The Grand Lodge of England Limited, is simply known as "the limited section", whilst the Grand Lodge of England Inc, is known as the GLE. The GLE is the largest of the Buffaloe Orders. There have been a number of Buffalo Orders, thus leading to a general opinion that there have been close to 20,000 Buffalo Lodges formed since the movement began in 1822 all the result of schism after schism. The Grand Surrey Lodge, The Grand Surrey Banner (Mother Lodge) and Grand Surrey Banner (Mother Banner), Grand Middlesex Banner and Grand Executive Banner being examples of these. In their day these various Orders were competing against each other with lodges of each order often meeting in the same town and it was not unusual to find in a reasonable sized town four or more Buffalo lodges of four different orders.[3] Over time the established orders have settled their differences and now largely co-operate.

All of the different RAOB orders are very similar, save for minor differences and peculiarities. Each has Minor Lodges, which are the basic unit of the whole movement. Overseeing Minor Lodges are what is known as "Governing Authorities" and, over those, a "Grand Lodge" (or Council), made up of Grand Primo, Officers as well as delegates representing Governing Authority areas. Each Buffalo Order has a Rule Book, Manual of Instruction and Ceremony Lectures issued by the parent body. There are generally 4 Degrees of membership. Kangaroo (1st degree) Primo (2nd degree) Knight of Merit (3rd Degree) and the Roll of Honour (4th Degree).

The Grand Lodge of England was one half of two banners born from the separation of the Grand Primo Lodge, in 1897.[11][15]

In the various banners, each Grand Lodge or Grand Council holds annual meetings known as "conferences" to which delegates from all the provinces attend, and at which remits are passed, and other matters dealt with.

Use of "Royal"

The Seditious Meetings Acts of the 19th century affected the gatherings of clubs throughout Britain. To counteract this and show the Buffaloes were not subversive to the interests of the state, the Order described itself as the "Loyal Order of Buffaloes". The addition of "antediluvian" (meaning before the time of the flood in the Bible and referring to the Order's principles)[16] occurred in the 1850s. Hence the honorifics of "royal" and "antediluvian" are simply a decoration. The movement under the Home Orders has always professed a Loyalty to the Crown and the Order was widespread amongst the British Armed Forces during the 20th century. Reference to before the flood is questionable. The usage of such an appellation being to impress upon the minds of members and the public that the movement has great antiquity. This would make sense given the preposterous list of ancient members used in the old Initiation Ceremonies.[17]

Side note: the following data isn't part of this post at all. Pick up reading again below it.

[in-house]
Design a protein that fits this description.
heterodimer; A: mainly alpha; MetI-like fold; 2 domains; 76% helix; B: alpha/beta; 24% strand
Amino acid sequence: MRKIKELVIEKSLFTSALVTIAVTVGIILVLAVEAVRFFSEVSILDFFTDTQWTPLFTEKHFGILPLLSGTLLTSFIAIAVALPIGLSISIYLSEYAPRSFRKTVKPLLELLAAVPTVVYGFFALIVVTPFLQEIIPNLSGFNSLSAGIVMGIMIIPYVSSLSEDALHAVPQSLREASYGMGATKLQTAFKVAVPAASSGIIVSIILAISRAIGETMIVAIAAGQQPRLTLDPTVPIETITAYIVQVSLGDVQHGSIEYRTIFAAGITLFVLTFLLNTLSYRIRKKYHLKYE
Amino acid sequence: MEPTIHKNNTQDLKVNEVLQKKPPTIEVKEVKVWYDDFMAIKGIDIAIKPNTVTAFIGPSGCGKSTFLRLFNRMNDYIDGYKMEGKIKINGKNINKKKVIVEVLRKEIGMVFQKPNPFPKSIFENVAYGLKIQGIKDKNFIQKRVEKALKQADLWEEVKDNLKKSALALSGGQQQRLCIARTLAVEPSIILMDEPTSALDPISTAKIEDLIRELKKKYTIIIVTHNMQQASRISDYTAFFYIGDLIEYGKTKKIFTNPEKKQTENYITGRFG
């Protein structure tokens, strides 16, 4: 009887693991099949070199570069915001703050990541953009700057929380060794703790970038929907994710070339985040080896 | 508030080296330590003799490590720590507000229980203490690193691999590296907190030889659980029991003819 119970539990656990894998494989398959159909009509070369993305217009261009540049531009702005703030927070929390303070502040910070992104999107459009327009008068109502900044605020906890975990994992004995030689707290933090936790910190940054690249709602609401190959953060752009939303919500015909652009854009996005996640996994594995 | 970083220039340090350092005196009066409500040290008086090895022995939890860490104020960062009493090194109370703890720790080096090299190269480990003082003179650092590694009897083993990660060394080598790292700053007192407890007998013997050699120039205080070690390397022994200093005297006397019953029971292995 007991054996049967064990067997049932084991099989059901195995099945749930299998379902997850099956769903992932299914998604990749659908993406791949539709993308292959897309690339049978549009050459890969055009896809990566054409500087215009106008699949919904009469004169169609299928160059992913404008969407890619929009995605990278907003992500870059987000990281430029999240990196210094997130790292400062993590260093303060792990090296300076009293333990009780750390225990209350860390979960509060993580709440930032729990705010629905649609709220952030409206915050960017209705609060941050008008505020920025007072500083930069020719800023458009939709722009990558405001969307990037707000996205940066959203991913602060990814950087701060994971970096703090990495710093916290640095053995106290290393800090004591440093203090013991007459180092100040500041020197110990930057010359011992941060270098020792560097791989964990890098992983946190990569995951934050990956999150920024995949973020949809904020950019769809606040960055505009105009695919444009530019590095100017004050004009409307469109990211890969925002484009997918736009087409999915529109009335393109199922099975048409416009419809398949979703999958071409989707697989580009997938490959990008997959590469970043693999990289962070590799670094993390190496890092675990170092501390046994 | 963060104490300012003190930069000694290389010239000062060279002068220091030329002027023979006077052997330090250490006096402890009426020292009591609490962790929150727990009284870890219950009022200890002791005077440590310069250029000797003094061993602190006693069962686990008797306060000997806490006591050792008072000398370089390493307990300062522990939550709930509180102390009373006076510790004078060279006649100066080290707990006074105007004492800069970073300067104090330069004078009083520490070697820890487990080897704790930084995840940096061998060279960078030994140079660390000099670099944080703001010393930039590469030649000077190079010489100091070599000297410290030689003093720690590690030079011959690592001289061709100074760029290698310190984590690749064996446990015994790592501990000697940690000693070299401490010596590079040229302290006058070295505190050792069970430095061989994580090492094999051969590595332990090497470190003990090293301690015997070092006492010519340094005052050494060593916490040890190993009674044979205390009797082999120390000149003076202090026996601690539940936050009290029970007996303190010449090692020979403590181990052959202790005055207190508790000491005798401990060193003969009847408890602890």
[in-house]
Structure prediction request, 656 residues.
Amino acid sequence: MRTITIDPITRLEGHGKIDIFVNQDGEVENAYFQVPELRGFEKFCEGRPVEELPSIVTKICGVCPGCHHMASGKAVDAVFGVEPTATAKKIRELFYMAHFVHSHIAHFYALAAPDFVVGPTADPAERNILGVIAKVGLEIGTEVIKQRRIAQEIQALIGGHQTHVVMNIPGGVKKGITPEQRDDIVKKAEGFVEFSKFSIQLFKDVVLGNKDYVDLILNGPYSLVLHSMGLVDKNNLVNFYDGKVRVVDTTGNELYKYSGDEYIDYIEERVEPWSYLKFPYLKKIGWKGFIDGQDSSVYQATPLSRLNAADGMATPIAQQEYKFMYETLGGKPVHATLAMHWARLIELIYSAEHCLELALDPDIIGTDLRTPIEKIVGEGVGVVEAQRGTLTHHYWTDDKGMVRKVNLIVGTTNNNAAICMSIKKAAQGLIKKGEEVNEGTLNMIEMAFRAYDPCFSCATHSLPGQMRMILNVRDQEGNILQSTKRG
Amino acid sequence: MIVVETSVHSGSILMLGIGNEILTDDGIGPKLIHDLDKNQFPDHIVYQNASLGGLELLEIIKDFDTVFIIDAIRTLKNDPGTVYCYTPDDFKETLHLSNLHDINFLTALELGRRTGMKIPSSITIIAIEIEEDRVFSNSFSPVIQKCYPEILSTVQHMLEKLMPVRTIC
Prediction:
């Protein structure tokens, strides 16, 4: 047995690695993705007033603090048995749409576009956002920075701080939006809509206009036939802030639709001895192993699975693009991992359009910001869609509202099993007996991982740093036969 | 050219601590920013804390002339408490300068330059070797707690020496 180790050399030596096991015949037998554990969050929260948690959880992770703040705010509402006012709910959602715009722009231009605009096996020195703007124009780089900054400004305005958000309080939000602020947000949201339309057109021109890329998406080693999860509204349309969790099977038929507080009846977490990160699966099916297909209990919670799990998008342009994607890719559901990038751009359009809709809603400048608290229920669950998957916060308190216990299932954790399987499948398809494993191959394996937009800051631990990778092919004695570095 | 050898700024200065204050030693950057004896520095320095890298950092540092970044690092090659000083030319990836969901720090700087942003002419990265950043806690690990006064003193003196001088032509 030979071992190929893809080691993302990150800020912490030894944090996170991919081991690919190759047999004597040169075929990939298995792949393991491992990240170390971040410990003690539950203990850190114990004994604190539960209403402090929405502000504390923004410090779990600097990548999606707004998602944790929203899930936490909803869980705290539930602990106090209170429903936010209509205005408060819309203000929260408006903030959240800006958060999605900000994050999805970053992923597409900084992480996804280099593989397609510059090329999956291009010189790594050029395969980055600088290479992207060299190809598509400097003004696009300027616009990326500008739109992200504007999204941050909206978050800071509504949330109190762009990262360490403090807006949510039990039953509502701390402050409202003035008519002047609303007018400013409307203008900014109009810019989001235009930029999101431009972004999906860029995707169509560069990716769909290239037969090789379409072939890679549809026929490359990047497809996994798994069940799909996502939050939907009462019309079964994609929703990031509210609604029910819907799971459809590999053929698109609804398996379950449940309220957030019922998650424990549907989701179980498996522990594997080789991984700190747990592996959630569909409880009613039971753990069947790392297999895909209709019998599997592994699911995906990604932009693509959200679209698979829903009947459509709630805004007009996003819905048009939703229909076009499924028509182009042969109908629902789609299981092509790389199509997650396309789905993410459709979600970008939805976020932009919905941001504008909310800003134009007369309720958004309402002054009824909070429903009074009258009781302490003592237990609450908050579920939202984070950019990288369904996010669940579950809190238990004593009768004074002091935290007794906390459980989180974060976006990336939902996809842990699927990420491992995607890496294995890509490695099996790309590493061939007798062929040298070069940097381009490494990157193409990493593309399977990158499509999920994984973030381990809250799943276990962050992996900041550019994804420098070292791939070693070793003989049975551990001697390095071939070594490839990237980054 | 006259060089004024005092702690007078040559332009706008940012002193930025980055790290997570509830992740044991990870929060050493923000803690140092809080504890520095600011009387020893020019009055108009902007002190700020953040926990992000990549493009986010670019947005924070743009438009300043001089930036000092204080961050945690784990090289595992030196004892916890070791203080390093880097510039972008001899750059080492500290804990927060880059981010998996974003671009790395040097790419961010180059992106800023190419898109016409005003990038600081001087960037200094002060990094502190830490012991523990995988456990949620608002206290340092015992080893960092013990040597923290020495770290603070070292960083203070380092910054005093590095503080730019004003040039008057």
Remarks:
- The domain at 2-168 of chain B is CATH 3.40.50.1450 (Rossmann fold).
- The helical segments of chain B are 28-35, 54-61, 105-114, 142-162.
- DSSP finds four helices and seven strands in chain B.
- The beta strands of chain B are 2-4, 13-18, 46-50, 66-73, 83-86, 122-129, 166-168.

The use of the word "Royal" in any organisational or business title in the United Kingdom requires a royal warrant from a reigning monarch. Under legislation in Section 4 (1) of the Trade Marks Act 1994, the Lord Chamberlain's Office has the right to take legal action if permission for the term "royal" is not granted. As the Buffaloes have been using the prefix "royal" since the 1840s, the Lord Chamberlain's Office permits its continued use on the grounds of long usage.

Dispensations

The Dispensation is the name given within the RAOB to the lodge warrant or charter. The name Dispensation appears to originate from the City of Lushington, which had a certificate on the wall of its meeting room, called the Dispensation.

The dispensations of lodges are issued by the Governing Body of each Order to the Minor Lodges formed under them. Such dispensation empowers the Lodges to exist and operate as part of the Order, and to initiate gentlemen into that Order.

Motto

The Latin motto of Buffalo orders is "No Man Is At All Times Wise" (Latin: Nemo Mortalium Omnibus Horis Sapit) and it has the maxim of "Justice, Truth and Philanthropy". The Grand Lodge of England also has its own motto, used by itself and its affiliated branches on the official seal, which is "In things Essential Unity, In things Doubtful Liberty and in all things Charity."

Lodge names and associations

Over the years there have been Lodges formed that were associated with various industries and professions, or named in honour of people, such as respected lodge members or prominent people in the community.[2]